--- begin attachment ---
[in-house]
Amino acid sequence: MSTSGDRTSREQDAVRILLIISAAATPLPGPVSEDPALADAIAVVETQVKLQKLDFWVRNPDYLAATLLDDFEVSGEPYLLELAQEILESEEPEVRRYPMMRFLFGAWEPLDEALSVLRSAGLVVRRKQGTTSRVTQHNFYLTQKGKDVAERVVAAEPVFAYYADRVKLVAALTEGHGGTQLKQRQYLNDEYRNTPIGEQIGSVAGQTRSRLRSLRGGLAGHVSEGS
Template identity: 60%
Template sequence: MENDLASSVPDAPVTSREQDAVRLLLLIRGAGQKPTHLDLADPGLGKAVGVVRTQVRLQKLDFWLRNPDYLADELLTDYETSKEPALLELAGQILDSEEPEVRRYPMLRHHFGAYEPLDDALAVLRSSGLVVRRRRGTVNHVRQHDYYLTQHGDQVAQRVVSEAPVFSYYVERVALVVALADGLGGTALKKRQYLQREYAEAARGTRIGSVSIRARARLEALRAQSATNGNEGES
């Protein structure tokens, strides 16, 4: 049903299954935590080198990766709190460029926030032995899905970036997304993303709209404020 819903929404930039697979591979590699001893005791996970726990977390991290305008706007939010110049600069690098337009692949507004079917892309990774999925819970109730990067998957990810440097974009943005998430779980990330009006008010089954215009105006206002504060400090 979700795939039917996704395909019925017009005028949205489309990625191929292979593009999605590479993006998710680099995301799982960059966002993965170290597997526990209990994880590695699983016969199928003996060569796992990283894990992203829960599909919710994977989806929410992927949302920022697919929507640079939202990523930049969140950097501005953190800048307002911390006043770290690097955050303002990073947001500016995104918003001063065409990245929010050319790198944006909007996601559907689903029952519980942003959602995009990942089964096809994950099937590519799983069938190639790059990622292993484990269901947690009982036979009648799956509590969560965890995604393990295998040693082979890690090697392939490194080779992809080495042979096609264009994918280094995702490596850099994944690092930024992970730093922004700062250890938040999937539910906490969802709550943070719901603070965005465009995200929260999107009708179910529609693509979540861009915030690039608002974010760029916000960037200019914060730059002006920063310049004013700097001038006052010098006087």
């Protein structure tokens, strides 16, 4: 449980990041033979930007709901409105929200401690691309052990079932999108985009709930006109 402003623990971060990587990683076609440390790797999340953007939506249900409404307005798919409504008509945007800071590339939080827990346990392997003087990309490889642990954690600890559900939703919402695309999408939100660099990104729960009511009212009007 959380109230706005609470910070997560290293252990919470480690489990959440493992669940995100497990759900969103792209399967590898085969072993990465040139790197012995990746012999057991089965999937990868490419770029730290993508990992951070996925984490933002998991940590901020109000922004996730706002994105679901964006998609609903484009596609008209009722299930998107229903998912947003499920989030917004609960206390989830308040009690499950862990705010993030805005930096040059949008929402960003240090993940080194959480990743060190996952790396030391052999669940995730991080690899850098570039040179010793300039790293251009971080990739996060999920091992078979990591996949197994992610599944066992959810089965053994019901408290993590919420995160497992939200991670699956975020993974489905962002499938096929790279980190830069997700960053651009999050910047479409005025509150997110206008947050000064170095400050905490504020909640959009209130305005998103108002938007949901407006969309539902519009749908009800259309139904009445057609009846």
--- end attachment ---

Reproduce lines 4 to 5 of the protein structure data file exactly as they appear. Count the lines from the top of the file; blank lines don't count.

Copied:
Template sequence: MENDLASSVPDAPVTSREQDAVRLLLLIRGAGQKPTHLDLADPGLGKAVGVVRTQVRLQKLDFWLRNPDYLADELLTDYETSKEPALLELAGQILDSEEPEVRRYPMLRHHFGAYEPLDDALAVLRSSGLVVRRRRGTVNHVRQHDYYLTQHGDQVAQRVVSEAPVFSYYVERVALVVALADGLGGTALKKRQYLQREYAEAARGTRIGSVSIRARARLEALRAQSATNGNEGES
């Protein structure tokens, strides 16, 4: 049903299954935590080198990766709190460029926030032995899905970036997304993303709209404020 819903929404930039697979591979590699001893005791996970726990977390991290305008706007939010110049600069690098337009692949507004079917892309990774999925819970109730990067998957990810440097974009943005998430779980990330009006008010089954215009105006206002504060400090 979700795939039917996704395909019925017009005028949205489309990625191929292979593009999605590479993006998710680099995301799982960059966002993965170290597997526990209990994880590695699983016969199928003996060569796992990283894990992203829960599909919710994977989806929410992927949302920022697919929507640079939202990523930049969140950097501005953190800048307002911390006043770290690097955050303002990073947001500016995104918003001063065409990245929010050319790198944006909007996601559907689903029952519980942003959602995009990942089964096809994950099937590519799983069938190639790059990622292993484990269901947690009982036979009648799956509590969560965890995604393990295998040693082979890690090697392939490194080779992809080495042979096609264009994918280094995702490596850099994944690092930024992970730093922004700062250890938040999937539910906490969802709550943070719901603070965005465009995200929260999107009708179910529609693509979540861009915030690039608002974010760029916000960037200019914060730059002006920063310049004013700097001038006052010098006087």